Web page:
As an alternative to transmitting a busy tone 801 until node B 102 finishes receiving the packet 602 from node A 100, another packet could be sent to a recipient. This recipient could be the same as that for the data packet 800, or a different node. This therefore involves sending more than one packet within a transmission frame. Multiple packets sent within a frame by the secondary transmitter (node B 102) can be delimited, for example by sending preamble sequences between them so that the (potentially different) receivers can decode the start of each sub-frame. Each separate secondary receiver receiving a sub-frame packet sends an acknowledgement back at a different time to avoid collisions. The time at which to send an acknowledgement can be a function of the position of the sub-frame in the secondary transmission.
Reference is now made to
The example of
It should also be noted that the above-described technique also avoids the hidden node problem even if only one node has the full-duplex capability. For example, consider the case where node B 102 in
In an example, the duration 1007 of the first preamble 1001 and MAC header 1002 is approximately 300 μs, the primary receiver uses a duration 1008 of approximately 100-200 μs to start transmitting and approximately 50 μs for phase locking, the busy tone 1003 has a duration 1009 of approximately 250 μs, and the preamble has a duration 1010 of approximately 200 μs.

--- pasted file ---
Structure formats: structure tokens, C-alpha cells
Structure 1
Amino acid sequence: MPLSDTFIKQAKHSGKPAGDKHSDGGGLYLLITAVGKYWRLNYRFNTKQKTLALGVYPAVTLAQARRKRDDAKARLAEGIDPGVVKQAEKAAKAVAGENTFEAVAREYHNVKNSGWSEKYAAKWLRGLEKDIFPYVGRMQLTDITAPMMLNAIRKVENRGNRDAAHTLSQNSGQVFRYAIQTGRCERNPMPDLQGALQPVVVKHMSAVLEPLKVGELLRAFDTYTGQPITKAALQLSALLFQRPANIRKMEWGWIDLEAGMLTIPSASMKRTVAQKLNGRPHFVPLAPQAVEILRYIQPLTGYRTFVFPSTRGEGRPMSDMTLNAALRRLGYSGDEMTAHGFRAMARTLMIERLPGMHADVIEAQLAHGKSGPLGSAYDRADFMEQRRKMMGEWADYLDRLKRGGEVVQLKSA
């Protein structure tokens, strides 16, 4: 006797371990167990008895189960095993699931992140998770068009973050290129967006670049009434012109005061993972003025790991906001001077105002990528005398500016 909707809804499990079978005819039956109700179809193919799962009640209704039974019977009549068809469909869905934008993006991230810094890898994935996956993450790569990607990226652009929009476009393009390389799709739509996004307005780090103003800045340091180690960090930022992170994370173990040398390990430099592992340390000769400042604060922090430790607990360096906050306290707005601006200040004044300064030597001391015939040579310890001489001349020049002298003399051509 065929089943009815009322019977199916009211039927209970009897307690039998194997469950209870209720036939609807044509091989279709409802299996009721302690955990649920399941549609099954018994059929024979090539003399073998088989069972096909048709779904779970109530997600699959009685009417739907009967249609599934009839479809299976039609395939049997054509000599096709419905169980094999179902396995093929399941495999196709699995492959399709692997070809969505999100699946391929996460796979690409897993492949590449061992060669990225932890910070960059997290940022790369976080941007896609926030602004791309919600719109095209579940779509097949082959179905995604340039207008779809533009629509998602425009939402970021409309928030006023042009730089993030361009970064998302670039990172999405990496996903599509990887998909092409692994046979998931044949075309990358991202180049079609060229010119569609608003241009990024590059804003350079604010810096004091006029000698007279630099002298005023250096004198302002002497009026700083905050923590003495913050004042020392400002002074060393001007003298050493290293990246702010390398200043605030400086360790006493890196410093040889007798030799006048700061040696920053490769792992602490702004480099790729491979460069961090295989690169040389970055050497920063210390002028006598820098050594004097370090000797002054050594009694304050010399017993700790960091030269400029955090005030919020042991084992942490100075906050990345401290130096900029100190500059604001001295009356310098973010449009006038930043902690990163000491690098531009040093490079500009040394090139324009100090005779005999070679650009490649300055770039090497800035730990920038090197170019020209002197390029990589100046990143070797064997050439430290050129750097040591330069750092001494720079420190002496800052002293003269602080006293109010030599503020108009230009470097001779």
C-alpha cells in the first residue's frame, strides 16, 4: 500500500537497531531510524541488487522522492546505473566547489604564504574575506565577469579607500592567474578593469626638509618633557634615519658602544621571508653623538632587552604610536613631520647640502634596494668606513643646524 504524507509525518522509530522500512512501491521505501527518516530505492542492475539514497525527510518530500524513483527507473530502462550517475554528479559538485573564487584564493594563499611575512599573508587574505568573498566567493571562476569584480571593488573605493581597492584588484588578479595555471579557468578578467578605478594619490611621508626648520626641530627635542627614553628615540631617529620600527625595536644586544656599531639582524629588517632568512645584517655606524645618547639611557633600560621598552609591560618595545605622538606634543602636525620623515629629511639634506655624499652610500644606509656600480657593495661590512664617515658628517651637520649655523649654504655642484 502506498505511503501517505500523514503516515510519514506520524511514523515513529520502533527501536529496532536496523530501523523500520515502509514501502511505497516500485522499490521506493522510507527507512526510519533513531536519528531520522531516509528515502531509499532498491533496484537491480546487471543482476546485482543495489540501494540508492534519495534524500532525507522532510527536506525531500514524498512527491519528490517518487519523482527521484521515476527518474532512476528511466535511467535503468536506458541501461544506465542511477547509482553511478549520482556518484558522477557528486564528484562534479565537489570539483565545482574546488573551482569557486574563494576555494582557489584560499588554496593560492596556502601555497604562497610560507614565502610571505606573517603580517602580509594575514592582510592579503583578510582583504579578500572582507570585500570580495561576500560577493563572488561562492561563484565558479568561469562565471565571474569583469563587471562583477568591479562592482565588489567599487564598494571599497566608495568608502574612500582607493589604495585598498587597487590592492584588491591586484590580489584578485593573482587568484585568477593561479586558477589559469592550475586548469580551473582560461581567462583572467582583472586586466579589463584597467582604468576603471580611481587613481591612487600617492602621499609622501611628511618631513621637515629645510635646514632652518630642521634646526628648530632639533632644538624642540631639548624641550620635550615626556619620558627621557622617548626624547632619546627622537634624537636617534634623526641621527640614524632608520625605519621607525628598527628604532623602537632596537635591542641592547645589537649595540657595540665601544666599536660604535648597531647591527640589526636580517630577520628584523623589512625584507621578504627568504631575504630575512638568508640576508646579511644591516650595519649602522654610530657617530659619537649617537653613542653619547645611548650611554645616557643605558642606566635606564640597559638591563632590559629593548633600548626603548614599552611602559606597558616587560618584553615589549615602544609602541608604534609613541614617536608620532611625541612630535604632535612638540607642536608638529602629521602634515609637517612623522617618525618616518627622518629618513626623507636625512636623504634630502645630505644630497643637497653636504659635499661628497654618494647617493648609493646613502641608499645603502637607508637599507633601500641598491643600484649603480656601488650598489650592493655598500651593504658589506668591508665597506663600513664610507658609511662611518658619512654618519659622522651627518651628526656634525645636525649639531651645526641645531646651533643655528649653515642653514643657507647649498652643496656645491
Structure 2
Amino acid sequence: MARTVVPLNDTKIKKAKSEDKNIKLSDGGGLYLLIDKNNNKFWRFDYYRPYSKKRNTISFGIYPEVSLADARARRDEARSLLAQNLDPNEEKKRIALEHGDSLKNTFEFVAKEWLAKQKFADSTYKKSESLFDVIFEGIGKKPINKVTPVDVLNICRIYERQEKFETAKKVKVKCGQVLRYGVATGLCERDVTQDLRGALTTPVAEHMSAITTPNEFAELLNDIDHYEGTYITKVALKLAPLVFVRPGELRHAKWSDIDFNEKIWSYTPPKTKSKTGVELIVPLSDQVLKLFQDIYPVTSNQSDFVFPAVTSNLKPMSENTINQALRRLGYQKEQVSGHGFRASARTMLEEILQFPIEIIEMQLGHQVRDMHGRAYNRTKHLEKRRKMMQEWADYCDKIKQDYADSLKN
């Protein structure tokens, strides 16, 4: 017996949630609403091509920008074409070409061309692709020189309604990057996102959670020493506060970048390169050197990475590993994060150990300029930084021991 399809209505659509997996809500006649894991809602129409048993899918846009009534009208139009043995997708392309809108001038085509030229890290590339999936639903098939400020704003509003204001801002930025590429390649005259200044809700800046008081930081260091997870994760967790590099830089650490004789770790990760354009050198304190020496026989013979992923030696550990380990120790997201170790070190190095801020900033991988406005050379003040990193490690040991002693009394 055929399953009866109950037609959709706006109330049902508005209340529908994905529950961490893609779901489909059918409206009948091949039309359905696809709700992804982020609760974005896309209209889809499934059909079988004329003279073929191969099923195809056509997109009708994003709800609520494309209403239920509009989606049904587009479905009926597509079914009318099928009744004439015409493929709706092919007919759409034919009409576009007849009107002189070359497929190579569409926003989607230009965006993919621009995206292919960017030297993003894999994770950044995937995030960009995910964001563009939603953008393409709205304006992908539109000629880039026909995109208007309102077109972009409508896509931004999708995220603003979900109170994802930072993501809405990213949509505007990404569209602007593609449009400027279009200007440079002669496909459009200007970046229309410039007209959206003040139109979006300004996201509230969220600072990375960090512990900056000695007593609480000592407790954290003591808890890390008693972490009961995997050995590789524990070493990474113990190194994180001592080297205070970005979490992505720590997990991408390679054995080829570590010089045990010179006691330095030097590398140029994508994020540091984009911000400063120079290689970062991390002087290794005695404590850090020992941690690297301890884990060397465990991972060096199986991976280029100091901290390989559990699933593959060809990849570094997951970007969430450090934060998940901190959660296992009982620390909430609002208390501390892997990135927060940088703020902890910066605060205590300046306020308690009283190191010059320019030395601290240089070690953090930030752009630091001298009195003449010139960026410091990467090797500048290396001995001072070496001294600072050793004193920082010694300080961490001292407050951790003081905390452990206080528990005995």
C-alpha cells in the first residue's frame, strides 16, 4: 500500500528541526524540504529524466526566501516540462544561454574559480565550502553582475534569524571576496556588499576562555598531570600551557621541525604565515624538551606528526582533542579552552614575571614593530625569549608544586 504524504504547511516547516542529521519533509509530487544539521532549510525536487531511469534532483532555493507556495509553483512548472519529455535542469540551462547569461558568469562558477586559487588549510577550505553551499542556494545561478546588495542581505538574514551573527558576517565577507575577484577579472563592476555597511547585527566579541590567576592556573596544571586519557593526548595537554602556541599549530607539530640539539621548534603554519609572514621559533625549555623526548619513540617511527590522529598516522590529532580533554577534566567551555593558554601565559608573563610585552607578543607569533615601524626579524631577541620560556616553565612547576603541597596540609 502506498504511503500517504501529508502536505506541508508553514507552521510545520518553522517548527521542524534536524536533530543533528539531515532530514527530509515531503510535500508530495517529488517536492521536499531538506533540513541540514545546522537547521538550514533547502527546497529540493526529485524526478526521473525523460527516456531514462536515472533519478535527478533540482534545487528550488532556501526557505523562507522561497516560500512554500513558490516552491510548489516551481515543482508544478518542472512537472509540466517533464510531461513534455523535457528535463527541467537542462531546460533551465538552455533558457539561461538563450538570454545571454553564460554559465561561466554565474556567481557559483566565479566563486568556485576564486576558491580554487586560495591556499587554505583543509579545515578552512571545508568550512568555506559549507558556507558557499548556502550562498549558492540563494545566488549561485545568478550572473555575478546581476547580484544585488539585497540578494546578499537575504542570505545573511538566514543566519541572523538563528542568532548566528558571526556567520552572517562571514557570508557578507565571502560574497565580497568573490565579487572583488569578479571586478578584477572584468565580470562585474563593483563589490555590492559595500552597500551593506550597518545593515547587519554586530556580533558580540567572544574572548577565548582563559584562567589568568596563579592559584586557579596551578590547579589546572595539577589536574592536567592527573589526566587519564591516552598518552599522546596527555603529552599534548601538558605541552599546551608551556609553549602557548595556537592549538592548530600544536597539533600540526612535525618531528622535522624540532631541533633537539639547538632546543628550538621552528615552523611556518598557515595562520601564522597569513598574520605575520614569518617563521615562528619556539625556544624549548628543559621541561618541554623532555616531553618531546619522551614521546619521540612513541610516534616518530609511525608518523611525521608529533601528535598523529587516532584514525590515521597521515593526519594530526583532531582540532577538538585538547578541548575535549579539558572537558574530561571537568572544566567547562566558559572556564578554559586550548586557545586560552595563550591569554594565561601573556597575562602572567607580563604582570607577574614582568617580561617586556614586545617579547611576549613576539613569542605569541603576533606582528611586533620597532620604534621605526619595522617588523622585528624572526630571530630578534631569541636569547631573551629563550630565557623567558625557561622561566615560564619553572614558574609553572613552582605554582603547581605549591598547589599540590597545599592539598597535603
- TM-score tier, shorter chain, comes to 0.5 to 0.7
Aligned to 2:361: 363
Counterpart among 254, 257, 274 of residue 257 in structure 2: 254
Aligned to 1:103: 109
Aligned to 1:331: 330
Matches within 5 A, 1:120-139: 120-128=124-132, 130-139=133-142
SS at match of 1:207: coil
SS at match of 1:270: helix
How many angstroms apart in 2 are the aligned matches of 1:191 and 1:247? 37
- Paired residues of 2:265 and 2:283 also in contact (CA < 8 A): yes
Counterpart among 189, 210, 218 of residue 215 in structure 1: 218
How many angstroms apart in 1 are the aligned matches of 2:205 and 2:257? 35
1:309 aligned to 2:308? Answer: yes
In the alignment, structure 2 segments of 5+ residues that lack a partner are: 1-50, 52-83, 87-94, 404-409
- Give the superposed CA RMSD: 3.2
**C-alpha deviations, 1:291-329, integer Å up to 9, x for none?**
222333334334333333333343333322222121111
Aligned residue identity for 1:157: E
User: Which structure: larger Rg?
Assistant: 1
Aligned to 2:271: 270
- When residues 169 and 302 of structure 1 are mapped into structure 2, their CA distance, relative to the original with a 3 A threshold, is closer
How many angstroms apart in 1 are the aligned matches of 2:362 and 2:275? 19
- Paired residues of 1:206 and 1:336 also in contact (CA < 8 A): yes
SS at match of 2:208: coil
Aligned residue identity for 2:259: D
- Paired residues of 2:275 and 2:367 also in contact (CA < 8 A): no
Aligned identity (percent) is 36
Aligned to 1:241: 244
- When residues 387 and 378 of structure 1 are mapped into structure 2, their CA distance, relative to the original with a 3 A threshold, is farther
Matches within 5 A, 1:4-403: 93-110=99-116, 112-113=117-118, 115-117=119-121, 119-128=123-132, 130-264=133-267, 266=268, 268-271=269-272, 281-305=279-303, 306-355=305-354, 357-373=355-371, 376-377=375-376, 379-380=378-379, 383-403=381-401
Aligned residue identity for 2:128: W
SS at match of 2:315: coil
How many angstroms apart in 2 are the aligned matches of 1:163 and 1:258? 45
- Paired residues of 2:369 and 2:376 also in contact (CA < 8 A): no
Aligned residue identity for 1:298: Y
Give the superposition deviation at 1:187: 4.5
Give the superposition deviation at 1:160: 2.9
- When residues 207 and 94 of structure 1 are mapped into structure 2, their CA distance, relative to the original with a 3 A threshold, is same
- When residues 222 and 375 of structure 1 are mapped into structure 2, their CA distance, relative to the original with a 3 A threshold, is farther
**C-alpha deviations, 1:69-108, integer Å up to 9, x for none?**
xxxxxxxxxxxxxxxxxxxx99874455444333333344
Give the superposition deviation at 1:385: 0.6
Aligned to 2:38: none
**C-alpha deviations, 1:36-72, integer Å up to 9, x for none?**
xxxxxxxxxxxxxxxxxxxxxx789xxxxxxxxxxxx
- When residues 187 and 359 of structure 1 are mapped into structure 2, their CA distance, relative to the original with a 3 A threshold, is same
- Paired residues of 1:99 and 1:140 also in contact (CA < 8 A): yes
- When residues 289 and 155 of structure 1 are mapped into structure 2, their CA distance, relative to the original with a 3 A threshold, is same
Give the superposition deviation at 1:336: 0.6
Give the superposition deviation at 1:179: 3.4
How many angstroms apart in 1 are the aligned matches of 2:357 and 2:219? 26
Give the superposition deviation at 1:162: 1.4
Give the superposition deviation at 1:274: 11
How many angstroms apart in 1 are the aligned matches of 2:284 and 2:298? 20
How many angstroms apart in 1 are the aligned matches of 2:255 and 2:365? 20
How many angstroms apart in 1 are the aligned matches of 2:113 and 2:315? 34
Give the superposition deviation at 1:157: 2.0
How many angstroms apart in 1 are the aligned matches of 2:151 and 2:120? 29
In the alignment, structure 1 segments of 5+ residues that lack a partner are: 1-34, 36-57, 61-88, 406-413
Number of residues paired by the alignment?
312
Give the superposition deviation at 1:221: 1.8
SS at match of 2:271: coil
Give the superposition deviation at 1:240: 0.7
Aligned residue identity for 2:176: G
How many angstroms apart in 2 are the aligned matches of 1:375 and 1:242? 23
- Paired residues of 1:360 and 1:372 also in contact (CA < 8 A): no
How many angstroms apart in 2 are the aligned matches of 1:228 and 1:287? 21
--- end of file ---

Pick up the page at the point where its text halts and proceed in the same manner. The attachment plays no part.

Reference is now made to
To deal with this issue, when a primary receiver (e.g. node B 102) receives a packet from a primary transmitter (e.g. node A 100), it selects the secondary receiver using a weighted list that each node maintains. The weight of each possible secondary receiver represents the proportion of successful secondary transmissions achieved in the past with the particular combination of links from the primary transmitter to the primary receiver/secondary transmitter. For example, node B 102, as a secondary transmitter, maintains a weighted list of possible secondary receivers for the case when node A 100 is the primary transmitter indicating the proportion of transmission attempts to each of those secondary receivers that were successful in the presence of the primary transmission from node A 100.
In one example, the weight can be computed on the basis of a predefined number of previous such transmissions. In another example, the weights can be maintained using an exponentially weighted moving average (EWMA) filter. The EWMA filter operates as follows. If node B 102 is transmitting a packet to node A 100 at time t, then a function SB[A, t] is defined such that it equals 1 if the transmission is successful and 0 otherwise. The weight for node A 100 at node B at time t+1 (denoted WB[A, t+1]) is then updated as:
W B [A,t+1]=a×W B [A,t]+(1−a)×S B [A,t]